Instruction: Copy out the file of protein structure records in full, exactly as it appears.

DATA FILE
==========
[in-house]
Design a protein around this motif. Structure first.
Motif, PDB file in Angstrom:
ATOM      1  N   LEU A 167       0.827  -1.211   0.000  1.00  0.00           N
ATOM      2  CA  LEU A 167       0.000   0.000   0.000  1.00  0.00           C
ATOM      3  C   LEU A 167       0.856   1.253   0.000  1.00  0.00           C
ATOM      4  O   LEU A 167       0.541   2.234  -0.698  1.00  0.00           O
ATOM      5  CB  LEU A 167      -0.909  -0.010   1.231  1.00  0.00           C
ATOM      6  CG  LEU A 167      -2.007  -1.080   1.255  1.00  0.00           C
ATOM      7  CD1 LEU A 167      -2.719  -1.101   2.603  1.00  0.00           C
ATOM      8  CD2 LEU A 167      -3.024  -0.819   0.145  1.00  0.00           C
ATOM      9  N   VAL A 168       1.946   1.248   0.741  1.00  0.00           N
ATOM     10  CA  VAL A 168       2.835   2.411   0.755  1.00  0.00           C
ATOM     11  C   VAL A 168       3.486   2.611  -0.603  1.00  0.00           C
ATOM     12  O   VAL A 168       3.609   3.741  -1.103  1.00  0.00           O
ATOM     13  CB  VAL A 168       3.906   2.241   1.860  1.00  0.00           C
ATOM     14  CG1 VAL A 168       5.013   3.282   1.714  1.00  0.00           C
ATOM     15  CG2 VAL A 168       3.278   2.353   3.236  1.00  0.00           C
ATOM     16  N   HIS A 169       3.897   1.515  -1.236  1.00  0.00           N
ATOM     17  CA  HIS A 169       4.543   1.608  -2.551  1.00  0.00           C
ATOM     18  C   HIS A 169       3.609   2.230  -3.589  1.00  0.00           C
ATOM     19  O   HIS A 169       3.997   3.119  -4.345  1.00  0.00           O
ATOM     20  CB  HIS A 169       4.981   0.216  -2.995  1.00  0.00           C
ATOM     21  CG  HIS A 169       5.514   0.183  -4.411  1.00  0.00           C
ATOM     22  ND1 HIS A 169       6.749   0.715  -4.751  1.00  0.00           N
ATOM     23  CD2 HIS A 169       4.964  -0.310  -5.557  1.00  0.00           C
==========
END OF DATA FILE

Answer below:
[in-house]
Design a protein around this motif. Structure first.
Motif, PDB file in Angstrom:
ATOM      1  N   LEU A 167       0.827  -1.211   0.000  1.00  0.00           N
ATOM      2  CA  LEU A 167       0.000   0.000   0.000  1.00  0.00           C
ATOM      3  C   LEU A 167       0.856   1.253   0.000  1.00  0.00           C
ATOM      4  O   LEU A 167       0.541   2.234  -0.698  1.00  0.00           O
ATOM      5  CB  LEU A 167      -0.909  -0.010   1.231  1.00  0.00           C
ATOM      6  CG  LEU A 167      -2.007  -1.080   1.255  1.00  0.00           C
ATOM      7  CD1 LEU A 167      -2.719  -1.101   2.603  1.00  0.00           C
ATOM      8  CD2 LEU A 167      -3.024  -0.819   0.145  1.00  0.00           C
ATOM      9  N   VAL A 168       1.946   1.248   0.741  1.00  0.00           N
ATOM     10  CA  VAL A 168       2.835   2.411   0.755  1.00  0.00           C
ATOM     11  C   VAL A 168       3.486   2.611  -0.603  1.00  0.00           C
ATOM     12  O   VAL A 168       3.609   3.741  -1.103  1.00  0.00           O
ATOM     13  CB  VAL A 168       3.906   2.241   1.860  1.00  0.00           C
ATOM     14  CG1 VAL A 168       5.013   3.282   1.714  1.00  0.00           C
ATOM     15  CG2 VAL A 168       3.278   2.353   3.236  1.00  0.00           C
ATOM     16  N   HIS A 169       3.897   1.515  -1.236  1.00  0.00           N
ATOM     17  CA  HIS A 169       4.543   1.608  -2.551  1.00  0.00           C
ATOM     18  C   HIS A 169       3.609   2.230  -3.589  1.00  0.00           C
ATOM     19  O   HIS A 169       3.997   3.119  -4.345  1.00  0.00           O
ATOM     20  CB  HIS A 169       4.981   0.216  -2.995  1.00  0.00           C
ATOM     21  CG  HIS A 169       5.514   0.183  -4.411  1.00  0.00           C
ATOM     22  ND1 HIS A 169       6.749   0.715  -4.751  1.00  0.00           N
ATOM     23  CD2 HIS A 169       4.964  -0.310  -5.557  1.00  0.00           C